The following three examples are completely unrelated aside from the fact that they're news items right now. Each tells a different story, but they're all after the same thing - trying to bring something new to the market that adds value for their customers. To me, this is a much healthier sign of life than the steady stream of new product releases or line extensions that are of more benefit to the sellers than the buyers.
1. Cisco - "Everything as a Service", and enhanced security
Last week, Cisco did a lot of media and analyst briefings for these two items, which were under embargo until this morning. This seems like a long time for an embargo, but maybe I just got briefed early in the pack, and they needed to speak to a lot of people last week. Anyhow, these two items are quite different, and are fairly complex, especially the first one.
On the first front, Cisco is boldly moving further into cloud computing territory, and this announcement is meant to showcase what's possible when WebEx is paired up with extensive collaboration features. Seems like WebEx on steroids, and I suspect it needs to be ramped up like this to show why this acquisition was money well spent. By calling it "everything as a service", this news pushes Cisco well beyond its hardware roots into the realm of applications. Cisco is not shy saying this is a big growth story, and that they are determined to get their share of it.
I've been on this theme since their last analyst conference, and I'm hardly alone in noting how big of a leap this can be. Of course, Cisco is very good at this sort of thing - arguably better than Microsoft - and WebEx gives them the platform they need to become a serious SaaS player. Fair enough, but this news can also sound a bit like a scorched earth policy where Cisco will do what it takes become a leader in this amorphous collaboration space, and that's where I find it all a bit hard to follow.
It's clear that they have solid technology here, and their focus on the cloud and collaboration is right on. What isn't clear - at least to me - just what the vision is for the customer. No doubt it's great to have all this capability, but if you are a soup-to-nuts Cisco shop, it doesn't look like there's much room anywhere for anybody else. As with other markets Cisco has entered as a newcomer, they will invariably bump up against others who would normally be strategic partners.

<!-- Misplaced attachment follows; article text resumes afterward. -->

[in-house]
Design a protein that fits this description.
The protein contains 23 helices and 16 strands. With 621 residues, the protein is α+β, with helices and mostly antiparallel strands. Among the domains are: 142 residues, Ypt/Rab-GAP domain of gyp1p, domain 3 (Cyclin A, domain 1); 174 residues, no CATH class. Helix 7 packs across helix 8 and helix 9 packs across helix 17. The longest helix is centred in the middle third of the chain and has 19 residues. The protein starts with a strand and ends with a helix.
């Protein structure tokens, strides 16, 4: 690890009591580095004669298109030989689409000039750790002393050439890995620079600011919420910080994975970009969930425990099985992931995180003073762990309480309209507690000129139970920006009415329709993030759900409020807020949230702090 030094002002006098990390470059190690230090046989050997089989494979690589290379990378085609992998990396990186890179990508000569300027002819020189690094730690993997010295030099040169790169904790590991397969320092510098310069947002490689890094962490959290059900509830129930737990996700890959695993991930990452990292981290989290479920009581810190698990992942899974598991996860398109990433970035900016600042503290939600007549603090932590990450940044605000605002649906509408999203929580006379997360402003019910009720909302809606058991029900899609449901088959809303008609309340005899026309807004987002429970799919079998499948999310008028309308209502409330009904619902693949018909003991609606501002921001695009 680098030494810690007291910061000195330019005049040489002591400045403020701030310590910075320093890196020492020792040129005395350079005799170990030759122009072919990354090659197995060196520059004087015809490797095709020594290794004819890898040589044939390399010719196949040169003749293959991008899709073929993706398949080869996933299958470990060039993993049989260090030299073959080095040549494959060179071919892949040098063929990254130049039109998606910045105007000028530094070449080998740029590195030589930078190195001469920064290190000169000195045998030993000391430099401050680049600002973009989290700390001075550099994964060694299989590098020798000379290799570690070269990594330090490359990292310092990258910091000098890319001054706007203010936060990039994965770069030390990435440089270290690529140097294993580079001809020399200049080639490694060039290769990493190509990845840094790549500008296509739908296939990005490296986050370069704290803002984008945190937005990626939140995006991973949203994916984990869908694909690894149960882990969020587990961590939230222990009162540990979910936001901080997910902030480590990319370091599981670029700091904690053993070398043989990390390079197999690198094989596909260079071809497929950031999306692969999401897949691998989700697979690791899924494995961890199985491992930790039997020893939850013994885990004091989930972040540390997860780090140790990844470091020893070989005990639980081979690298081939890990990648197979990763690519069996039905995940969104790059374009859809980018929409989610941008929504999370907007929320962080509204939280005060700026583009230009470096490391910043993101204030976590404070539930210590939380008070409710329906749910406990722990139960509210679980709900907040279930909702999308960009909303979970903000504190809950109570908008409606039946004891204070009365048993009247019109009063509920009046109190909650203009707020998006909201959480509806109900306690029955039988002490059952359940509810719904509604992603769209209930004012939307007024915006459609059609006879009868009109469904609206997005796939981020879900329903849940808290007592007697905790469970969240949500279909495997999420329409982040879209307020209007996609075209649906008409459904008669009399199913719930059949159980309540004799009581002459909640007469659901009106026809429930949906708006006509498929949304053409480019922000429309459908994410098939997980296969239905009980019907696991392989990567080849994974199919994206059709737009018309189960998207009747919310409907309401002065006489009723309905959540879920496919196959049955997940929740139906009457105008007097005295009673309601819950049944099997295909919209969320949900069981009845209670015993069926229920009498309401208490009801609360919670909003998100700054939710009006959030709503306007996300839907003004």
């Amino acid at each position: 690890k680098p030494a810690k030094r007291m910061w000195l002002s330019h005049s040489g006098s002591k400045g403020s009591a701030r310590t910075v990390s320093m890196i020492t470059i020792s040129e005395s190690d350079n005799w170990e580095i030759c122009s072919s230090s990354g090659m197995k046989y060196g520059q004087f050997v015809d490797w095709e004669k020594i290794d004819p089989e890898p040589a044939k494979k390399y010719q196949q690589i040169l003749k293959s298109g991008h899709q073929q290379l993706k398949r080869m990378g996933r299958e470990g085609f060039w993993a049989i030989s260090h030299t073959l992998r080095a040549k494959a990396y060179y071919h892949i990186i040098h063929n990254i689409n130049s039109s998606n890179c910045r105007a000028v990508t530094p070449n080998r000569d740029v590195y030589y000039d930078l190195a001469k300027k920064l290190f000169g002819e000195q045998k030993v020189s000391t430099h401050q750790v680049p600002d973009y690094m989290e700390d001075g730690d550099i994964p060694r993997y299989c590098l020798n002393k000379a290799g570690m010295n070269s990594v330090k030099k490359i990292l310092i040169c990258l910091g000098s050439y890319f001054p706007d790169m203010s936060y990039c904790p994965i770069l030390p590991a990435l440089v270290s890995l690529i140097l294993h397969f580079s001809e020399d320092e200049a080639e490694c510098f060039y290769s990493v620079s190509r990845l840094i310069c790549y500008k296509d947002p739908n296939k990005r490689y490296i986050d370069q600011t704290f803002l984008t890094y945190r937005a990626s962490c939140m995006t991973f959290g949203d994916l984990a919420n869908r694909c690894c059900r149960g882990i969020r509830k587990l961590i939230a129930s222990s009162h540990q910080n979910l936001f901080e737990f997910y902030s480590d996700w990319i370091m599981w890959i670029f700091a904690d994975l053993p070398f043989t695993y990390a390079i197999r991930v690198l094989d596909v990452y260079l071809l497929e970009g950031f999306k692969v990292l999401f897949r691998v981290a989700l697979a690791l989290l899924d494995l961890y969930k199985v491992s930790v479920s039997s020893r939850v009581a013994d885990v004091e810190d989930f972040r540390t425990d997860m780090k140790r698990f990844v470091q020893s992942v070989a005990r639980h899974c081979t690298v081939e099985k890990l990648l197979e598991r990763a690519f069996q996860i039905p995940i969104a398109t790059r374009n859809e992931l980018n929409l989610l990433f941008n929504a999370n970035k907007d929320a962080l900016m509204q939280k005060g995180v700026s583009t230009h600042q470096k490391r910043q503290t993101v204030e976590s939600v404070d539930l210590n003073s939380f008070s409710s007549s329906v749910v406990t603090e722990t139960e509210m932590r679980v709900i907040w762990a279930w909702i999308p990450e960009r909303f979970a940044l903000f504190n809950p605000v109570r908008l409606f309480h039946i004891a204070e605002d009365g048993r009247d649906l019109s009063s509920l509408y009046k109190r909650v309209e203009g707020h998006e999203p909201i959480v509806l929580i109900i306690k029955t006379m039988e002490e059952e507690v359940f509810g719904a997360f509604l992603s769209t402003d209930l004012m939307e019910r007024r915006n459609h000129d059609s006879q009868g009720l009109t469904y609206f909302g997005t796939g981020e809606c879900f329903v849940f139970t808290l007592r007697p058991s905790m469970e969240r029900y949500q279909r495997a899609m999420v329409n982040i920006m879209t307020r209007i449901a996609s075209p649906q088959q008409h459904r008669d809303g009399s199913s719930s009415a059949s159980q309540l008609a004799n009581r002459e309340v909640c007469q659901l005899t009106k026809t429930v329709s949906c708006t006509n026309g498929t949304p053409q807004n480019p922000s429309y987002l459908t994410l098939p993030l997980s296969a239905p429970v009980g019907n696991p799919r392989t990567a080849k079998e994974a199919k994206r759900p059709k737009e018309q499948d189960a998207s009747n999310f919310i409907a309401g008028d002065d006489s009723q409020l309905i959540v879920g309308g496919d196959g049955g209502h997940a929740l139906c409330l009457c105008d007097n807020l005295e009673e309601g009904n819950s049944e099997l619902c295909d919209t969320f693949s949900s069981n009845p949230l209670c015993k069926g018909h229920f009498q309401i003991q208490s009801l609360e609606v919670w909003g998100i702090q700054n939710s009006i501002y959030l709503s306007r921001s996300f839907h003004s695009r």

Sure, that's what competition is all about, but it's hard for me to tell if Cisco's vision is to wholly own the customer, or work in concert with everyone else and keep the best-of-breed model alive. Even within their own world, I'm not quite sure how this vision works. For example, it's easy to see how collaboration and Unified Communications are related. Cisco has an awful lot invested in UC as well as telepresence, and I can't really tell how much this WebEx solution is complementary or competitive to each.
In short, there's good news here, especially for WebEx fans and enterprises looking to leverage the cloud for more powerful collaboration tools. However, the overall vision strikes me as being very broad - maybe too broad - so it's a bit hard to say what it potentially means for the competitive landscape. Will have to wait a bit to see how this plays out with everyone else.
The second Cisco story is about a more extensive suite of security features. John Chambers is speaking about this today at the RSA conference, so I'm sure you'll be hearing about it from a few different sources. This space is not my forte, so I don't have much insight to add, but it is a logical extension to the first news item in this post. People will only collaborate to the extent they trust the environment they're working in, and that's what today's security announcement is about.